Artificial Intelligence Is Sexist & Racist, Study Finds, Which Really Means People Are, Too
We tend to think of machines as objective, unlike people, who can hold subjective beliefs. But according to a new study published in the journal Science, this is far from the case. In fact, artificial intelligence can be sexist and racist. And that's because humans are the ones designing it — which, in turn, shows just how far-reaching prejudice can be.
The researchers studied word embedding, a machine-learning tool that helps computers make sense of speech and writing and could eventually allow them to reason the way humans do. Machines that engage in word embedding assign numbers to words to represent how closely associated their meanings are. These assignments are based on how often the words appear together. The study tested words from Google News and the “common crawl” dataset, which includes around 840 billion words published online. Both yielded similar results.
Some of the associations were innocuous. Flowers were associated with good things, for example, while bugs were bunched in with bad things. But it got really interesting when you looked at words for people. "Male" and "man" got grouped near words related to STEM fields, and "woman" and "female" were linked to household activities. White-sounding names ended up near nice words like "happy" and "gift," and black-sounding names were with not-so-nice words.
As AI gets more advanced and makes decisions based on these ways of thinking, these biases could become even more dangerous than they are with humans. Unlike us, AI doesn't have a moral compass motivating it to challenge the discriminatory ideas it learns — and, in fact, we can't look at AI's bias as an issue separate from our own. "A lot of people are saying this is showing that AI is prejudiced," study author and University of Bath computer scientist Joanna Bryson told The Guardian. "No. This is showing we’re prejudiced and that AI is learning it."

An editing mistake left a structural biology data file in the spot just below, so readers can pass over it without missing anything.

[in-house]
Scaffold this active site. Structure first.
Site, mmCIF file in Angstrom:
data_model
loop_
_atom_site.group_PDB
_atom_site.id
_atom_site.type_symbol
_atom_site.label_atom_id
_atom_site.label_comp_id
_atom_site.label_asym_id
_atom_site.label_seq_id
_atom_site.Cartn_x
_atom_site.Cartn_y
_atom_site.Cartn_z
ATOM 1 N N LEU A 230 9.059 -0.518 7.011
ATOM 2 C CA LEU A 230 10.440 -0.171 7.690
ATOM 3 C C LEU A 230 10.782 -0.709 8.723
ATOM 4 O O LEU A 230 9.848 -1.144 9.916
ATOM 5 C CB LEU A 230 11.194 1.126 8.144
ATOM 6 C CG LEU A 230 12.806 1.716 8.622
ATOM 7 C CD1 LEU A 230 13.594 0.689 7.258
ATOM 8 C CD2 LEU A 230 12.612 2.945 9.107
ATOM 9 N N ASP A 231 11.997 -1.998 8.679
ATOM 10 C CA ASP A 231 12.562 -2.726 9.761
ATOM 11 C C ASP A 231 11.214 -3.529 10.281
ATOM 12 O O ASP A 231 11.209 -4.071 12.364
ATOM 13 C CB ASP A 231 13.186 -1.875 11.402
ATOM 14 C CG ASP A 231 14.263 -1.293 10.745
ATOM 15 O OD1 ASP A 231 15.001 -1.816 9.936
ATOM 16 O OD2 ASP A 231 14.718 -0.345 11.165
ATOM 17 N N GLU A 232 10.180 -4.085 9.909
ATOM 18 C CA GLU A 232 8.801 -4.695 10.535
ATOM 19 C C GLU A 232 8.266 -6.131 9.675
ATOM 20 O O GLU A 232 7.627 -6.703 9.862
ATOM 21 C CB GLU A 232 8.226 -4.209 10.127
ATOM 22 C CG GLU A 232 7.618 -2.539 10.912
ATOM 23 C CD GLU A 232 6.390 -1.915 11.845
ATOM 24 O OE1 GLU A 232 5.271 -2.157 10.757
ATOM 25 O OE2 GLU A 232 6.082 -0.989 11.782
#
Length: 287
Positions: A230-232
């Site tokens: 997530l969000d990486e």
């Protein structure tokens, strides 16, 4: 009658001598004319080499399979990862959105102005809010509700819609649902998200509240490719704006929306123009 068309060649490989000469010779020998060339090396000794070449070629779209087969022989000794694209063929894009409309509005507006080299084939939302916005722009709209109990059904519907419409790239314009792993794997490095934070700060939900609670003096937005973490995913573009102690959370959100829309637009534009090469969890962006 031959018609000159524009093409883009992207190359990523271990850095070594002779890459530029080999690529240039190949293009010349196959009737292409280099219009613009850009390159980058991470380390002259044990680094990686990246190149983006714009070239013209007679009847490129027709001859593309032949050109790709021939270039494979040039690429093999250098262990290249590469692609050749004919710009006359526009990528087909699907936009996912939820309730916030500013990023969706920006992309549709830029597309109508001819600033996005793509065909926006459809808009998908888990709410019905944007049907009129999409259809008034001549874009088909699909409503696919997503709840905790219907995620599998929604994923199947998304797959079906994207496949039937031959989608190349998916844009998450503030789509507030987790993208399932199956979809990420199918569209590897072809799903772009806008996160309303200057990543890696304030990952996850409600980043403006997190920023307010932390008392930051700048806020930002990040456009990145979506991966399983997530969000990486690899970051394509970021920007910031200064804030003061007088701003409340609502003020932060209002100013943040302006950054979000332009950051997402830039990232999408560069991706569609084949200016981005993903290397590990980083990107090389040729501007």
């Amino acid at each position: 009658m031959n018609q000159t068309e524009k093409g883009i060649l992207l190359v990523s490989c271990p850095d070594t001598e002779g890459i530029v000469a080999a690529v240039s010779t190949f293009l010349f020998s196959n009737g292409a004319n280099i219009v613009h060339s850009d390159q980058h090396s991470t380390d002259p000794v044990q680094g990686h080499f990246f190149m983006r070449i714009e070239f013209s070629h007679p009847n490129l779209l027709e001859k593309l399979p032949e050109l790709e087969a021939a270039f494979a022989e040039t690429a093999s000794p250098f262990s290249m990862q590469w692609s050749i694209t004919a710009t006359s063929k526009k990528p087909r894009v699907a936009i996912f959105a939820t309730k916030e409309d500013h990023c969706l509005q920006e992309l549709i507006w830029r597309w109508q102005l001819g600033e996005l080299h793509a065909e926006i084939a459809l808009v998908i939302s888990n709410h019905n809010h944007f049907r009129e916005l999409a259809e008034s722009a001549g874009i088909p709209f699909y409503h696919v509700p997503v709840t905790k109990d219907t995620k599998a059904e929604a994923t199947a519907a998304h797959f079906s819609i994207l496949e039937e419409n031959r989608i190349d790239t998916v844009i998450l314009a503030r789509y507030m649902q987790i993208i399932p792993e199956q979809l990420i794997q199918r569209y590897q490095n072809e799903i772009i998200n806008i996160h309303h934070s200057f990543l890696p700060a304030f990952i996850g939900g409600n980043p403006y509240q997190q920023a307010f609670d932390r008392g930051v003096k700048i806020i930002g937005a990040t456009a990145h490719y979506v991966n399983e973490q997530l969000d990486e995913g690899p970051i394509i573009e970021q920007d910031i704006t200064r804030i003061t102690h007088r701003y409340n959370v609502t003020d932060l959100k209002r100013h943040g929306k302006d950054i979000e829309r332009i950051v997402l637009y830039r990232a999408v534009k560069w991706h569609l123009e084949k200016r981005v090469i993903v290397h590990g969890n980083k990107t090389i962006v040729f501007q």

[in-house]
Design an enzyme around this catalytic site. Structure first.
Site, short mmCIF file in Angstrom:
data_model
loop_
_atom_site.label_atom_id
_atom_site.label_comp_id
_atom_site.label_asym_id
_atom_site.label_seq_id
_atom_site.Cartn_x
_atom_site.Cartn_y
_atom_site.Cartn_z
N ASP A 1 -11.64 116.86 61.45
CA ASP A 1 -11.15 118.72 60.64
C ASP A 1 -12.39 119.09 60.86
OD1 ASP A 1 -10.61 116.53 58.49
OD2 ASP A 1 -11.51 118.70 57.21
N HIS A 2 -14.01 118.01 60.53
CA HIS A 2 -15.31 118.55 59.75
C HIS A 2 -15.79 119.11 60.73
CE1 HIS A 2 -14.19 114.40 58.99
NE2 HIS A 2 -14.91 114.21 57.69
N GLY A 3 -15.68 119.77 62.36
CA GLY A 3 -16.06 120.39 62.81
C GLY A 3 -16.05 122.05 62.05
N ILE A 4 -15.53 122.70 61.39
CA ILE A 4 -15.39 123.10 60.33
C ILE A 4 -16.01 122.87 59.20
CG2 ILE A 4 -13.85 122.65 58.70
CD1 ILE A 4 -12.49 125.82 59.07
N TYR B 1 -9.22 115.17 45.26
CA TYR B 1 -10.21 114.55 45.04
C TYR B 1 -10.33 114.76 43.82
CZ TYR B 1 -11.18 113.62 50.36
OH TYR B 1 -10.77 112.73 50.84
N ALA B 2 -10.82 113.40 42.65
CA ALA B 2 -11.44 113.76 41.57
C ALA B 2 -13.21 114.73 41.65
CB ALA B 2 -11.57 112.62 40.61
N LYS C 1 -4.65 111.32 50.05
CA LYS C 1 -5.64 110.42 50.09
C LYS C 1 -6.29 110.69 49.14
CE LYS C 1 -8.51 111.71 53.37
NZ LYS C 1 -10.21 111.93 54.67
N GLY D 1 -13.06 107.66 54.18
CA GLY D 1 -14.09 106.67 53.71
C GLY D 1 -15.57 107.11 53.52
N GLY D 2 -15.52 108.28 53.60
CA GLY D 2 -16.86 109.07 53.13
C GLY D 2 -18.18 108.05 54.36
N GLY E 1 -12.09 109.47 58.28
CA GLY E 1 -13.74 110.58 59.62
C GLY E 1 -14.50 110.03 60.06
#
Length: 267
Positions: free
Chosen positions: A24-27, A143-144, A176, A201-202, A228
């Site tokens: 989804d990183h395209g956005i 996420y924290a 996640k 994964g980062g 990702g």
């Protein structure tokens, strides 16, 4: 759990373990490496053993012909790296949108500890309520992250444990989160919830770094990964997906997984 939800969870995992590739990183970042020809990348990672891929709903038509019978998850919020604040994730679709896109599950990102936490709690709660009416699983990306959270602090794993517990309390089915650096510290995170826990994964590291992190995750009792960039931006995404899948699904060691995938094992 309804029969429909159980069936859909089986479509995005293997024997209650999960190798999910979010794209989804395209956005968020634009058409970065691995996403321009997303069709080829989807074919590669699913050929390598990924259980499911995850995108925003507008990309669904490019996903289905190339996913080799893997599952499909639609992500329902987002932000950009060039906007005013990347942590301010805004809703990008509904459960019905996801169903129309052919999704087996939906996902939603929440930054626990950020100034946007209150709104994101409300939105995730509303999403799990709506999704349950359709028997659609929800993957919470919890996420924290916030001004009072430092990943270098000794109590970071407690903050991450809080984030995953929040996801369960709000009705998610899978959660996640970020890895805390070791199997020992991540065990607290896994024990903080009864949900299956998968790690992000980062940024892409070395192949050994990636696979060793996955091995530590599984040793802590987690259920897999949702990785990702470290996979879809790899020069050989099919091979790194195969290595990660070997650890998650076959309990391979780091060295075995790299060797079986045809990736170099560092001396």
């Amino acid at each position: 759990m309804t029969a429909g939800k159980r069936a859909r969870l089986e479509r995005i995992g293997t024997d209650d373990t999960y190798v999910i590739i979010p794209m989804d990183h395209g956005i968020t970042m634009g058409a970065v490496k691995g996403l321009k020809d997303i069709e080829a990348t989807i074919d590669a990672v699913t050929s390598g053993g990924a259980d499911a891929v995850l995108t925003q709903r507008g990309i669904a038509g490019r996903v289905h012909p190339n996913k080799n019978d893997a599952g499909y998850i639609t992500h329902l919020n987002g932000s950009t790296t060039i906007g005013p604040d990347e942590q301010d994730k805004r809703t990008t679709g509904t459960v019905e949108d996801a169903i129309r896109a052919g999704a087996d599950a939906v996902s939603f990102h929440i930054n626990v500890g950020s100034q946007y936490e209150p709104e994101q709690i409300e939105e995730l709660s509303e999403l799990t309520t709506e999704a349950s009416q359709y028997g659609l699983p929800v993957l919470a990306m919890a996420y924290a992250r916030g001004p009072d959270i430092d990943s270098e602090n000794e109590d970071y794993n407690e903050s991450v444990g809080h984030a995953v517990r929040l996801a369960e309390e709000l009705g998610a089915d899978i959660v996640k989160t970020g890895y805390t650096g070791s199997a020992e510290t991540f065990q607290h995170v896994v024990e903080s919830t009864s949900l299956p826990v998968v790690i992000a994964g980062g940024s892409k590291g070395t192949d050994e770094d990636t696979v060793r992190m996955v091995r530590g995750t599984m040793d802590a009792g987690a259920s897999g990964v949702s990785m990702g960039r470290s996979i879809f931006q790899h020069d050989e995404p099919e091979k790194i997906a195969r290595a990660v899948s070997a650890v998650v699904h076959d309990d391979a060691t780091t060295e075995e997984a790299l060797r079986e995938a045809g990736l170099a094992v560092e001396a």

We've seen this in action in our everyday world, too. Twitter bots that go on racist rants due to what they learned from Twitter's live population are a result of AI learning from human bias; the same is true of search engine results, which are often determined by algorithms picking up the content people put in. If people provide a barometer for where we're at as a society, it should tell us a lot that a search for "girl" yields women, while one for "boy" yields kids, and that when you type "why do women," you get autocomplete suggestions like "why do women always complain?"
The moral of the story is that until we literally have conscious machines that can think for themselves, we have to take responsibility for what AI does. Our machines may appear to hold outdated and prejudiced beliefs, but they don't actually have those beliefs — we do. And since technology has the ability to reflect them back at us, we should use this opportunity to examine them — and to figure out how we can be better moving forwards.